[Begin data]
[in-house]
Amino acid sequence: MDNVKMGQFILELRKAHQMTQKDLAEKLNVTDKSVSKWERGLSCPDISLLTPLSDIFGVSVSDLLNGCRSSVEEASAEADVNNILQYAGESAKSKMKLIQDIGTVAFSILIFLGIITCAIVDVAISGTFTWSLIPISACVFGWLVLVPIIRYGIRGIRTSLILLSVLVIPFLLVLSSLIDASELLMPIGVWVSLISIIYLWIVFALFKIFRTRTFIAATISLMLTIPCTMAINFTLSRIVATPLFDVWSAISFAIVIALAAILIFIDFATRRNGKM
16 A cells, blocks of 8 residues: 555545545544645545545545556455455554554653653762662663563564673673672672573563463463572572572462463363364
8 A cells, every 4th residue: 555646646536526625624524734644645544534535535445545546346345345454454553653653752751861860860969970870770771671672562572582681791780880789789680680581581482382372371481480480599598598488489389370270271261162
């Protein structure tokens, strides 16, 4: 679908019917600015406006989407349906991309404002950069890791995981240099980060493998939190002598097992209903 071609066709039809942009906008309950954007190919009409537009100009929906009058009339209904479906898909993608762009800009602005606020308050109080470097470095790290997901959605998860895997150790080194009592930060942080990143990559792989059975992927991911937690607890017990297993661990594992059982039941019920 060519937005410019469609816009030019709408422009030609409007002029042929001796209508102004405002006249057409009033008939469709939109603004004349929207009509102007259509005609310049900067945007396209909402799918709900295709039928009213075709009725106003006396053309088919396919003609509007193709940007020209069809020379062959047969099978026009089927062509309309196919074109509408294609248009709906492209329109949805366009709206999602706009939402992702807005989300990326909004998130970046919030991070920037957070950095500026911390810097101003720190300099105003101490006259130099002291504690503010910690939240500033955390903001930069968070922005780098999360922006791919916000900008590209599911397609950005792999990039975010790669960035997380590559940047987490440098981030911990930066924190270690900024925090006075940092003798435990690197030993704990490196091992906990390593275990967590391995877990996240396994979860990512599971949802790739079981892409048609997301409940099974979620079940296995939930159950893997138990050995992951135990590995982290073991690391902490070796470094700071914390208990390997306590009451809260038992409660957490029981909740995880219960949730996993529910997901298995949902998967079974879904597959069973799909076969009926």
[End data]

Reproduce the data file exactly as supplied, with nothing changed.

[in-house]
Amino acid sequence: MDNVKMGQFILELRKAHQMTQKDLAEKLNVTDKSVSKWERGLSCPDISLLTPLSDIFGVSVSDLLNGCRSSVEEASAEADVNNILQYAGESAKSKMKLIQDIGTVAFSILIFLGIITCAIVDVAISGTFTWSLIPISACVFGWLVLVPIIRYGIRGIRTSLILLSVLVIPFLLVLSSLIDASELLMPIGVWVSLISIIYLWIVFALFKIFRTRTFIAATISLMLTIPCTMAINFTLSRIVATPLFDVWSAISFAIVIALAAILIFIDFATRRNGKM
16 A cells, blocks of 8 residues: 555545545544645545545545556455455554554653653762662663563564673673672672573563463463572572572462463363364
8 A cells, every 4th residue: 555646646536526625624524734644645544534535535445545546346345345454454553653653752751861860860969970870770771671672562572582681791780880789789680680581581482382372371481480480599598598488489389370270271261162
């Protein structure tokens, strides 16, 4: 679908019917600015406006989407349906991309404002950069890791995981240099980060493998939190002598097992209903 071609066709039809942009906008309950954007190919009409537009100009929906009058009339209904479906898909993608762009800009602005606020308050109080470097470095790290997901959605998860895997150790080194009592930060942080990143990559792989059975992927991911937690607890017990297993661990594992059982039941019920 060519937005410019469609816009030019709408422009030609409007002029042929001796209508102004405002006249057409009033008939469709939109603004004349929207009509102007259509005609310049900067945007396209909402799918709900295709039928009213075709009725106003006396053309088919396919003609509007193709940007020209069809020379062959047969099978026009089927062509309309196919074109509408294609248009709906492209329109949805366009709206999602706009939402992702807005989300990326909004998130970046919030991070920037957070950095500026911390810097101003720190300099105003101490006259130099002291504690503010910690939240500033955390903001930069968070922005780098999360922006791919916000900008590209599911397609950005792999990039975010790669960035997380590559940047987490440098981030911990930066924190270690900024925090006075940092003798435990690197030993704990490196091992906990390593275990967590391995877990996240396994979860990512599971949802790739079981892409048609997301409940099974979620079940296995939930159950893997138990050995992951135990590995982290073991690391902490070796470094700071914390208990390997306590009451809260038992409660957490029981909740995880219960949730996993529910997901298995949902998967079974879904597959069973799909076969009926």